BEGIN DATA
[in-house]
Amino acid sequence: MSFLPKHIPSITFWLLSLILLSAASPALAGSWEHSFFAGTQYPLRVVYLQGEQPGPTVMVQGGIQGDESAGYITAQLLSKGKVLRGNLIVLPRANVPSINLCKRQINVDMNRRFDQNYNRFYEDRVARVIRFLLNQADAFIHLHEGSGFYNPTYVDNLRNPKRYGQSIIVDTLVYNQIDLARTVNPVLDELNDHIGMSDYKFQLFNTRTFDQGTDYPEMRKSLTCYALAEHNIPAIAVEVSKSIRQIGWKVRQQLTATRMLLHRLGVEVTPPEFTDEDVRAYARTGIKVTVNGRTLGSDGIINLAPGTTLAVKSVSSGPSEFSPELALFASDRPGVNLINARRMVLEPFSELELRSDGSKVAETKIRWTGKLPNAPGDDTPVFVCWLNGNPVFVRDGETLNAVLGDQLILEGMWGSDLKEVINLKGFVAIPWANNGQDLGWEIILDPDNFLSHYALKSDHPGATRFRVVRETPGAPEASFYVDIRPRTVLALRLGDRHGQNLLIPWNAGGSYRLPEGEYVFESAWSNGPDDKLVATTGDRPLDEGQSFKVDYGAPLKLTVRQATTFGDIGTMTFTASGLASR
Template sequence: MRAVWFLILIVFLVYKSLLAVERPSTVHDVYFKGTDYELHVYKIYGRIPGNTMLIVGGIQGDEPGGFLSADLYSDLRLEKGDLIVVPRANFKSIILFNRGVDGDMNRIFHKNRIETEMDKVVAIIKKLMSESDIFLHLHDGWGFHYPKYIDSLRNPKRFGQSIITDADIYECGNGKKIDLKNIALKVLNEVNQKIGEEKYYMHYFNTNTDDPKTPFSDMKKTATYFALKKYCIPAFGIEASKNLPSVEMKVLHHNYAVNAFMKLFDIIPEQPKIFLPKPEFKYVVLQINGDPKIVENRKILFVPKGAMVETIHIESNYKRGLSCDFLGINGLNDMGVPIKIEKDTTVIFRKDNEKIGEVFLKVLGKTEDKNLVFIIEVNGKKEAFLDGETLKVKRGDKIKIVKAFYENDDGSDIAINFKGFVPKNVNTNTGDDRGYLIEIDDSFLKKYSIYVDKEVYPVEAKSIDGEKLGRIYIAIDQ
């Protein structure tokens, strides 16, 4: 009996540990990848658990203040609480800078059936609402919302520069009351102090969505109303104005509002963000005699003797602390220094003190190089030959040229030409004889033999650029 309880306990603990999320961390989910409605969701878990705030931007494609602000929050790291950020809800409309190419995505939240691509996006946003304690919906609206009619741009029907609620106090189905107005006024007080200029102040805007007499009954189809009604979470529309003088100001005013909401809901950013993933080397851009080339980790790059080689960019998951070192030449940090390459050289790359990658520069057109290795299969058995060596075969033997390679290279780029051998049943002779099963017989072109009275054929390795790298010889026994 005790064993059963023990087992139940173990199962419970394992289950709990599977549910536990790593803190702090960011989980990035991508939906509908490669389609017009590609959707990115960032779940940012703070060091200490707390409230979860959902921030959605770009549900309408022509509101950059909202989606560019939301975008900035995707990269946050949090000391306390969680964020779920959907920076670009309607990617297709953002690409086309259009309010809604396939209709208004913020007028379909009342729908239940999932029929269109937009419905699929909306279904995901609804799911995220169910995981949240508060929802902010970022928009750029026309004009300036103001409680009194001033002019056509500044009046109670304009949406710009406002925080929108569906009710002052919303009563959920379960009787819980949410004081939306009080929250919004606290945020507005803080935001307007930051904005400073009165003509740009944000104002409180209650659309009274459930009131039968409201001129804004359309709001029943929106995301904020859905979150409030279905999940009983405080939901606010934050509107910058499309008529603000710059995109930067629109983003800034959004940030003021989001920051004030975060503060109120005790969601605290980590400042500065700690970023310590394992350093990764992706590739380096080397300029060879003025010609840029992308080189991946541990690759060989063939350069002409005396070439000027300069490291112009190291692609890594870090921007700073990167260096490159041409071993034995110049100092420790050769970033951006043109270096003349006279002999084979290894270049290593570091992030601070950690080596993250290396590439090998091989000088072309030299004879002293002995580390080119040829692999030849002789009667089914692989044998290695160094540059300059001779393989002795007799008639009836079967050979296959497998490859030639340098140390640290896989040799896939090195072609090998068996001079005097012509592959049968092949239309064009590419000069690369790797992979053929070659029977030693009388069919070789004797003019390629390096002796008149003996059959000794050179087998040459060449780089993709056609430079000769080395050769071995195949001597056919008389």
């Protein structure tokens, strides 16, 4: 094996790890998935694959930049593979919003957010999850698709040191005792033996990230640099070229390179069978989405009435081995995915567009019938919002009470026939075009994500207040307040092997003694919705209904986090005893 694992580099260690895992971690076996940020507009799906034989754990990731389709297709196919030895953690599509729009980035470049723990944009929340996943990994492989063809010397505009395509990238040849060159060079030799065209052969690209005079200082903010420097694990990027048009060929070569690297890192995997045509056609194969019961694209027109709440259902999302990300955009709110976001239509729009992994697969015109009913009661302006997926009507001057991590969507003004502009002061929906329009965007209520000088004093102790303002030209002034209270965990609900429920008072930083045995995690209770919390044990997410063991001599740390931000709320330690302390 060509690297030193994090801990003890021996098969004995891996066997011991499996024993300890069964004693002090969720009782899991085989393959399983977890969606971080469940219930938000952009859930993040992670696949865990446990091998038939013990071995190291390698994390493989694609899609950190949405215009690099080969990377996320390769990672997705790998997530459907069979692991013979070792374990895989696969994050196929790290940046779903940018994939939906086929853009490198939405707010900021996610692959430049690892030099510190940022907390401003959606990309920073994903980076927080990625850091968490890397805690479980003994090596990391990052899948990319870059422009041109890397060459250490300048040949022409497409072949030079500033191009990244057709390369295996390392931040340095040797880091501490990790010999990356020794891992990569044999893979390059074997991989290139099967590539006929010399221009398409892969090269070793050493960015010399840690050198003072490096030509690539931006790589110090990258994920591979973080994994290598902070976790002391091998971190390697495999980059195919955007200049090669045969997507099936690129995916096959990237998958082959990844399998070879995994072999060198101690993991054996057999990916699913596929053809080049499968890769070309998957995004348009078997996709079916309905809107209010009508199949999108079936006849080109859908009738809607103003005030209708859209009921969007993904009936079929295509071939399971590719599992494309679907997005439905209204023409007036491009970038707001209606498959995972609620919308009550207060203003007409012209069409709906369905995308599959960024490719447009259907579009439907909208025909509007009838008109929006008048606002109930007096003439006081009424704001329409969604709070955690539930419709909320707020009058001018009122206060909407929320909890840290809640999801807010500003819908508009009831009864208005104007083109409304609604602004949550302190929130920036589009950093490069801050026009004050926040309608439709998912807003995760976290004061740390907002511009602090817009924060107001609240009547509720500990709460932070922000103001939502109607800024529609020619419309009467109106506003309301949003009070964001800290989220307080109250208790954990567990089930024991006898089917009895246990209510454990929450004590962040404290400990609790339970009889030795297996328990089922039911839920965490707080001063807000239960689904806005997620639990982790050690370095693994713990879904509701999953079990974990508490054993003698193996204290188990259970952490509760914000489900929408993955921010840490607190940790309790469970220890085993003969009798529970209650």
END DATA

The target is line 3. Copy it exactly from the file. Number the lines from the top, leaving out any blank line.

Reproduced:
Template sequence: MRAVWFLILIVFLVYKSLLAVERPSTVHDVYFKGTDYELHVYKIYGRIPGNTMLIVGGIQGDEPGGFLSADLYSDLRLEKGDLIVVPRANFKSIILFNRGVDGDMNRIFHKNRIETEMDKVVAIIKKLMSESDIFLHLHDGWGFHYPKYIDSLRNPKRFGQSIITDADIYECGNGKKIDLKNIALKVLNEVNQKIGEEKYYMHYFNTNTDDPKTPFSDMKKTATYFALKKYCIPAFGIEASKNLPSVEMKVLHHNYAVNAFMKLFDIIPEQPKIFLPKPEFKYVVLQINGDPKIVENRKILFVPKGAMVETIHIESNYKRGLSCDFLGINGLNDMGVPIKIEKDTTVIFRKDNEKIGEVFLKVLGKTEDKNLVFIIEVNGKKEAFLDGETLKVKRGDKIKIVKAFYENDDGSDIAINFKGFVPKNVNTNTGDDRGYLIEIDDSFLKKYSIYVDKEVYPVEAKSIDGEKLGRIYIAIDQ